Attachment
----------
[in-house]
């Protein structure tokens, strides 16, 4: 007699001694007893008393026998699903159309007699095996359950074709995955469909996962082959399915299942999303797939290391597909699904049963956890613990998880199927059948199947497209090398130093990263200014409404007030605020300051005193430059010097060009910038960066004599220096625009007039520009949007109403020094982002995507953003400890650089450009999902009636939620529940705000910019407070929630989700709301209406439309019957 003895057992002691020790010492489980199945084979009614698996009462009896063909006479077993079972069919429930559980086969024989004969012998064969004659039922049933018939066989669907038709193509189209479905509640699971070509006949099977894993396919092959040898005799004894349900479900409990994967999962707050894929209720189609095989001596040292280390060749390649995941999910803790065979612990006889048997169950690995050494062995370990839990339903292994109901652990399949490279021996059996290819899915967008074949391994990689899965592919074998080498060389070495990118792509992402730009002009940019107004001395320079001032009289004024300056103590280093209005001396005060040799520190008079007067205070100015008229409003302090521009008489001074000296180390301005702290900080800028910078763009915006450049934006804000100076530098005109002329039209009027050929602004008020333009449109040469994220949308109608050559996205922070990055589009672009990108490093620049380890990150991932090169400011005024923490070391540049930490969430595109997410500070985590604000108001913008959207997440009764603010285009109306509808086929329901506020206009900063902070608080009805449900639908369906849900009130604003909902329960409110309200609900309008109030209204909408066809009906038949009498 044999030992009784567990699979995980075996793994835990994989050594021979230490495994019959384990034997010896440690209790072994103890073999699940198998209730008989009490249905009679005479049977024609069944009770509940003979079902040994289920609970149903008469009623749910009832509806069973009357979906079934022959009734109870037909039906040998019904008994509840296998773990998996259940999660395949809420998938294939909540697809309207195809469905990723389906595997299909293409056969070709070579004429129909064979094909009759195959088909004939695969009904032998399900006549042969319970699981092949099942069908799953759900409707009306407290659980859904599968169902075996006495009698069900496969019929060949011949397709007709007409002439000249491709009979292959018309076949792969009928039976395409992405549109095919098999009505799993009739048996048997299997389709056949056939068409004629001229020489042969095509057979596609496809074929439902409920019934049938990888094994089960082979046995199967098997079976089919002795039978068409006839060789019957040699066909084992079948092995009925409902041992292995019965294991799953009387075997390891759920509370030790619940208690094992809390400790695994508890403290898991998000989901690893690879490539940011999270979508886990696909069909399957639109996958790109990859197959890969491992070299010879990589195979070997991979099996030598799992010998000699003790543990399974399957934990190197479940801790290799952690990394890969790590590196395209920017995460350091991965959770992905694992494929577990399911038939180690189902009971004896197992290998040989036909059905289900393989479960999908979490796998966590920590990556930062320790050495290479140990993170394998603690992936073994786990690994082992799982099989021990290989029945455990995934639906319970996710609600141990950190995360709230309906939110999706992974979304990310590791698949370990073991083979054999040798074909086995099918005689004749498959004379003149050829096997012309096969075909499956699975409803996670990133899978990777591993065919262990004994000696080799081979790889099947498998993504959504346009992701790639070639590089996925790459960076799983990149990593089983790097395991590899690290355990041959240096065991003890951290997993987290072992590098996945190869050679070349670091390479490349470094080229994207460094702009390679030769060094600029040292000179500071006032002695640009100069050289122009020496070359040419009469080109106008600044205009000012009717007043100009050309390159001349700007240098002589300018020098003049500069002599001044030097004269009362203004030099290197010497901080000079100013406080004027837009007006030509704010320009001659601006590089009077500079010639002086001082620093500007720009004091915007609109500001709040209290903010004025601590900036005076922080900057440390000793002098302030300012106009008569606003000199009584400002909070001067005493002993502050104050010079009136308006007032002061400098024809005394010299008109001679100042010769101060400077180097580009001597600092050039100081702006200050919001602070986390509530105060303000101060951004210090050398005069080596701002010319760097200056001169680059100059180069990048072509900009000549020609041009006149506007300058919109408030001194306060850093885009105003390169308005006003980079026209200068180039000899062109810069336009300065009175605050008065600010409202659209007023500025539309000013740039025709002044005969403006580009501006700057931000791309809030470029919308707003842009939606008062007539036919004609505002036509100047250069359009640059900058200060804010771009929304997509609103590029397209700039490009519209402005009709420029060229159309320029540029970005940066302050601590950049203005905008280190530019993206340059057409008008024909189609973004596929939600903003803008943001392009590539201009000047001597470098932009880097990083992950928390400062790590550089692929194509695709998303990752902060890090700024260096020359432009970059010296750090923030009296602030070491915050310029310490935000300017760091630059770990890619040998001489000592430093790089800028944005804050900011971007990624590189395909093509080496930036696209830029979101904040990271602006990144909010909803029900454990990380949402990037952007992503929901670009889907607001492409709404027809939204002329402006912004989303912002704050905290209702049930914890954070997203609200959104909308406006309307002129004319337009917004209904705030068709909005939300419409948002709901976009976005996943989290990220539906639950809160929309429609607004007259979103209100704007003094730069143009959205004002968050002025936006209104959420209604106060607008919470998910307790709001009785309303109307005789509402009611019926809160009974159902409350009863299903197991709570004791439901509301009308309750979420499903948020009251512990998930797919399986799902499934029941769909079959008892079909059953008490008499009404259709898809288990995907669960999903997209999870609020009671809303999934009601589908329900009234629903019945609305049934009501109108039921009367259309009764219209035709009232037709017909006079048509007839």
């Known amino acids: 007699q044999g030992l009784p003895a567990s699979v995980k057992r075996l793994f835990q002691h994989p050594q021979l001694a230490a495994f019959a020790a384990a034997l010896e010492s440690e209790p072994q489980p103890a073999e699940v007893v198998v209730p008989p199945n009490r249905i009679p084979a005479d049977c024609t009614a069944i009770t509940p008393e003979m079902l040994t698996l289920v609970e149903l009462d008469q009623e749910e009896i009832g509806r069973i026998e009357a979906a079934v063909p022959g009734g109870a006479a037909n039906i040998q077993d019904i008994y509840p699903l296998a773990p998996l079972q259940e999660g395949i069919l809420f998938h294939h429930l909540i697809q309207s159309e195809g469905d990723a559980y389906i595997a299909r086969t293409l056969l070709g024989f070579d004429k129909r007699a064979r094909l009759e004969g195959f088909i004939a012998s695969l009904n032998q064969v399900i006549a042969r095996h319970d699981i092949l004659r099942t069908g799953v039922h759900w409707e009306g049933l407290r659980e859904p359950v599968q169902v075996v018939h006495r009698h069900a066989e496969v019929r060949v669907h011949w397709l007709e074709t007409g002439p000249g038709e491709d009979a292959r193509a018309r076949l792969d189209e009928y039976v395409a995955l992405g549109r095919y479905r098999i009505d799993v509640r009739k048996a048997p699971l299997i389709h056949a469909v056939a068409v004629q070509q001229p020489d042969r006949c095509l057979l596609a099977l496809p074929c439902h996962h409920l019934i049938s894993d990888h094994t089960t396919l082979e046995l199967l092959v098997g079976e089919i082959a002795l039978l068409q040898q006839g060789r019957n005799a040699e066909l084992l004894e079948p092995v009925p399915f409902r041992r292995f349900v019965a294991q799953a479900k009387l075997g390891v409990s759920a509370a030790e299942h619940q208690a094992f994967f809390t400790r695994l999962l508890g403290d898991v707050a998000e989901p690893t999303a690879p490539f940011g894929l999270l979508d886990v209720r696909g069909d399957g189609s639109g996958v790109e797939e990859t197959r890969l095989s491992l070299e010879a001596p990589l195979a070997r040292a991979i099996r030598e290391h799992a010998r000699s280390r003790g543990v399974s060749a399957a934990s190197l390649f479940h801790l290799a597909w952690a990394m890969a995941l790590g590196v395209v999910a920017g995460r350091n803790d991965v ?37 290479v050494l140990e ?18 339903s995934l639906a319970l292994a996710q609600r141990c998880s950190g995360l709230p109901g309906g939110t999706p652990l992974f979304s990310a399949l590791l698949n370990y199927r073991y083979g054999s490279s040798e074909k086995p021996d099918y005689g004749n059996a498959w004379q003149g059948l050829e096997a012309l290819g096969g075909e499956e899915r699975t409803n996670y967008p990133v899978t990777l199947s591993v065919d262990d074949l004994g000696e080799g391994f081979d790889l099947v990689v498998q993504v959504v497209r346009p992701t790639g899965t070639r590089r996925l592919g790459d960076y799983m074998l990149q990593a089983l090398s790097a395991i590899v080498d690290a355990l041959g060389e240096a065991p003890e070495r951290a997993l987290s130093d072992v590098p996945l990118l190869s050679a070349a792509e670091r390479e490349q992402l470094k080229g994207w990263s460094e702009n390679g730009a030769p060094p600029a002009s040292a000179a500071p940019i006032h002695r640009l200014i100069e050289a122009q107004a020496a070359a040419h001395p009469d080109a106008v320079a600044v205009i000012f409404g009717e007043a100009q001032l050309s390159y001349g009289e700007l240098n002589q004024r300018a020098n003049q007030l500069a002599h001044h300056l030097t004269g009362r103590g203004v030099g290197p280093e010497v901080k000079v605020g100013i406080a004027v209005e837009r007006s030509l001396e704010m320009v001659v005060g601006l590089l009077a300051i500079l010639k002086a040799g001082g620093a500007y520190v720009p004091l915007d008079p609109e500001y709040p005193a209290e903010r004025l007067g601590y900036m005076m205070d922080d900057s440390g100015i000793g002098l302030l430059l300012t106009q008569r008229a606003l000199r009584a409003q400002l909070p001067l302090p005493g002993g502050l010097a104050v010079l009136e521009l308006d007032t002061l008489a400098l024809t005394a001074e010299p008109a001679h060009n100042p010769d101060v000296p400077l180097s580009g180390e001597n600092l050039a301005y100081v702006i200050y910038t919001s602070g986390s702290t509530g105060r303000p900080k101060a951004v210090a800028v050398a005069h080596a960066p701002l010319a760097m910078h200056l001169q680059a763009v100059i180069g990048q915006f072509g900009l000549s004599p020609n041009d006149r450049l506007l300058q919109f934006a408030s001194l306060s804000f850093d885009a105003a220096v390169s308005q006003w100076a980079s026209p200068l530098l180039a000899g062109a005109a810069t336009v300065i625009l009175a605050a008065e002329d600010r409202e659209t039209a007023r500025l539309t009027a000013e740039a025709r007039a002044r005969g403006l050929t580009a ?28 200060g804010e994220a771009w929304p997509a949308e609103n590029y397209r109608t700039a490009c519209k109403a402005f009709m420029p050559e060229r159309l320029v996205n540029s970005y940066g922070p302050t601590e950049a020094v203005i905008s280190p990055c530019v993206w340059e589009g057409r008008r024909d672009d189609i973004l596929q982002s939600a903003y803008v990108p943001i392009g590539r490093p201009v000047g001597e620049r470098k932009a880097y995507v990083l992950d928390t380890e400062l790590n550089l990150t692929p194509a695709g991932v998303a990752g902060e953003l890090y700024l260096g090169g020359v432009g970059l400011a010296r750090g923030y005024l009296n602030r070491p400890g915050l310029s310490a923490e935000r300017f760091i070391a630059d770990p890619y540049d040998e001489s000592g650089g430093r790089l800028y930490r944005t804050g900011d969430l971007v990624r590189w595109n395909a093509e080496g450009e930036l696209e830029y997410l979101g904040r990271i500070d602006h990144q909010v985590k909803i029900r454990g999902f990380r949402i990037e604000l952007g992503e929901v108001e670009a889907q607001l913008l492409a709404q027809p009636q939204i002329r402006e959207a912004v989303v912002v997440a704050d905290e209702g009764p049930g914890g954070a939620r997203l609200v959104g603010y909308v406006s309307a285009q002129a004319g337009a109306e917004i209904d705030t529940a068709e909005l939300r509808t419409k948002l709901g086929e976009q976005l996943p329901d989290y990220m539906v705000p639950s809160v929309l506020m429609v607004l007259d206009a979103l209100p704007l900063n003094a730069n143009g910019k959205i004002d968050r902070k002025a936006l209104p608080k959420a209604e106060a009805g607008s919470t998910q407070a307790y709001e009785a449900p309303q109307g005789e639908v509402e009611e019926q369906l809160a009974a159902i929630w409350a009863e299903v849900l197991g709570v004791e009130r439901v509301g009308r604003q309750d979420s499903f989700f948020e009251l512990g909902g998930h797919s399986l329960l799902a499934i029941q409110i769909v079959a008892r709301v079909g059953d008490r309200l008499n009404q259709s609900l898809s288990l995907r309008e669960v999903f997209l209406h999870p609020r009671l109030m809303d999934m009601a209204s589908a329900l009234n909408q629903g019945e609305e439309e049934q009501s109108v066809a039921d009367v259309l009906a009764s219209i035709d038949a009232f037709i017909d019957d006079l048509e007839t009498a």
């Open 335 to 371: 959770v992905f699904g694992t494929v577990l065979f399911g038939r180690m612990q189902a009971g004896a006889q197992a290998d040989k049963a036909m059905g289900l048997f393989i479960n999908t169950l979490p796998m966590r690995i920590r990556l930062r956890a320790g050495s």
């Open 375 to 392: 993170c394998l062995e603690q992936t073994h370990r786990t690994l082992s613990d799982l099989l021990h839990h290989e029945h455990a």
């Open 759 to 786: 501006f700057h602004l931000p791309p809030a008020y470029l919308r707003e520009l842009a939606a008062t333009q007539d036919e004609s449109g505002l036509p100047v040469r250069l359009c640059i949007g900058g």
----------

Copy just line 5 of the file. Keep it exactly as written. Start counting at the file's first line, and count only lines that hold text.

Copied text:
């Open 375 to 392: 993170c394998l062995e603690q992936t073994h370990r786990t690994l082992s613990d799982l099989l021990h839990h290989e029945h455990a």